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Visual Studio Code Announces JUnit Support

| by Tim Hodkinson Follow 11 Followers on Jan 09, 2018. Estimated reading time: 1 minute |

The team at Microsoft which supports Visual Studio Code (better known as VS Code) has announced the release of an extension to run and debug Java JUnit test cases. The extension works with the Java Language Support extension provided by Red Hat and the Debugger for Java to complete the end-to-end development experience for developers working in the Java language in the editor.

VS Code is a lightweight, multi-language code editor from Microsoft, not to be confused with Visual Studio, their full-blown IDE for .Net development. The editor is primarily aimed as a tool for developing modern web applications in JavaScript, TypeScript and Node, with the end-to-end developer experience for those languages provided natively out of the box. Through an extensibility system, VS Code can also support other languages and frameworks and this further enables the editor to support hundreds of other languages, including C, C++, C#, Python, Ruby, PHP and Java. In the less than two years since its launch in April 2015, VS Code has risen in popularity to become the world’s 11th most popular IDE according to the PYPL index. Xiaokai He, the Java Tools and Services program manager at Microsoft, told InfoQ that their long term plan was ‘to make VS Code the best editor for Java’.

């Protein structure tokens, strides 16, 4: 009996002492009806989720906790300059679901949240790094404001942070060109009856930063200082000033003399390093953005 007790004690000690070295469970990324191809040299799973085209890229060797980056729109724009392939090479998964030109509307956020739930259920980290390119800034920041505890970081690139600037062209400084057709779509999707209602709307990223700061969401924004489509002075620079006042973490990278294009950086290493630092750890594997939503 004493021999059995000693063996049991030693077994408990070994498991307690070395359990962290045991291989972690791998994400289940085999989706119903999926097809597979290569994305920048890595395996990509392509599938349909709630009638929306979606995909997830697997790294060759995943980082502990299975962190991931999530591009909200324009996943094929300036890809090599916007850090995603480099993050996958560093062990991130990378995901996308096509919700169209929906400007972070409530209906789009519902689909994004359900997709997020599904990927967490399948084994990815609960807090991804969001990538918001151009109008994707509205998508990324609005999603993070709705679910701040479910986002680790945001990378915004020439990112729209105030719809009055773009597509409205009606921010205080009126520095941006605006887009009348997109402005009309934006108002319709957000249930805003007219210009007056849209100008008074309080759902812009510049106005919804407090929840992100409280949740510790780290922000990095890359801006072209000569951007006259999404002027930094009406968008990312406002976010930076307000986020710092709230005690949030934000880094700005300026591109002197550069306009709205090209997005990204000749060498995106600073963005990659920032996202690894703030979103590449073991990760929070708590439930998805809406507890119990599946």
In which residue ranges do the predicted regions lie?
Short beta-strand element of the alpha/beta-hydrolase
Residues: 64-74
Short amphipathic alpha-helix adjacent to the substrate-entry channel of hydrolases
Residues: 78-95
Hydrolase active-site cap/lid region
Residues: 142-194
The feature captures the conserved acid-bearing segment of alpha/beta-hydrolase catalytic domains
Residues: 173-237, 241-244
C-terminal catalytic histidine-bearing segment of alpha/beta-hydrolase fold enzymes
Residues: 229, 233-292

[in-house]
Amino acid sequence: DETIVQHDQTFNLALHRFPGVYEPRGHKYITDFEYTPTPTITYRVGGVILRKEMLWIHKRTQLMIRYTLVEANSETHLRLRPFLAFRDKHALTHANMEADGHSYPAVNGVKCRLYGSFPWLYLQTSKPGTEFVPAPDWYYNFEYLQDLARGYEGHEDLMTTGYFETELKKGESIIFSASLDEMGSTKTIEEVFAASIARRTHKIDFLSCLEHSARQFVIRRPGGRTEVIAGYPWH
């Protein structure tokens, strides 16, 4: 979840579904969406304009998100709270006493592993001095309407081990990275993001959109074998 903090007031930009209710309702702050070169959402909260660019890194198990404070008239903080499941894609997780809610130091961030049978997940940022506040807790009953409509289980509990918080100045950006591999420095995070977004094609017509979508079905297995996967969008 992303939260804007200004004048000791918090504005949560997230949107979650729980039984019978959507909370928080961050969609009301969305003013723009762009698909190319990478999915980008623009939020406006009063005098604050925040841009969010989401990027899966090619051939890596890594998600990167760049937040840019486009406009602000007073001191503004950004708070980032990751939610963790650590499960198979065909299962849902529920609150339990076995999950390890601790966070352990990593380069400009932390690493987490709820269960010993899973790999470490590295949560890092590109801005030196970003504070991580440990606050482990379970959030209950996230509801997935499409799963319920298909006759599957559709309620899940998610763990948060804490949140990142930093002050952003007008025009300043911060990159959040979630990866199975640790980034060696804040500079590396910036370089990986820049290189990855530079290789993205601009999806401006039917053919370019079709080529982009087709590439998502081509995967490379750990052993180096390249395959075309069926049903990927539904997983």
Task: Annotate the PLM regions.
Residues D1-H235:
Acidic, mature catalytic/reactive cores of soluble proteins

The new Java JUnit extensions have resulted in an update to the Java Debugger extension (to version 0.4.0). The standard VS Code debug console does not allow input, so the capability of launching an application using an external or integrated terminal within VS Code has been added.

Like the Java Debugger, the Junit extensions have already been open sourced and are available on github. This is part of a deliberate strategy previously outlined to InfoQ by Xiaokai He, who said that the Open Source process has proved very valuable in helping the team both engage with the Java community and collaborate with Red Hat in the creation of the extensions.

Further Java capabilities for VS Code are still to come. The 2018 Roadmap lists support for hot code replacement during Java debugging. Xiaokai He also told InfoQ that other VS Code extensions in the pipeline include a maven project explorer and support for tomcat and checkstyle.

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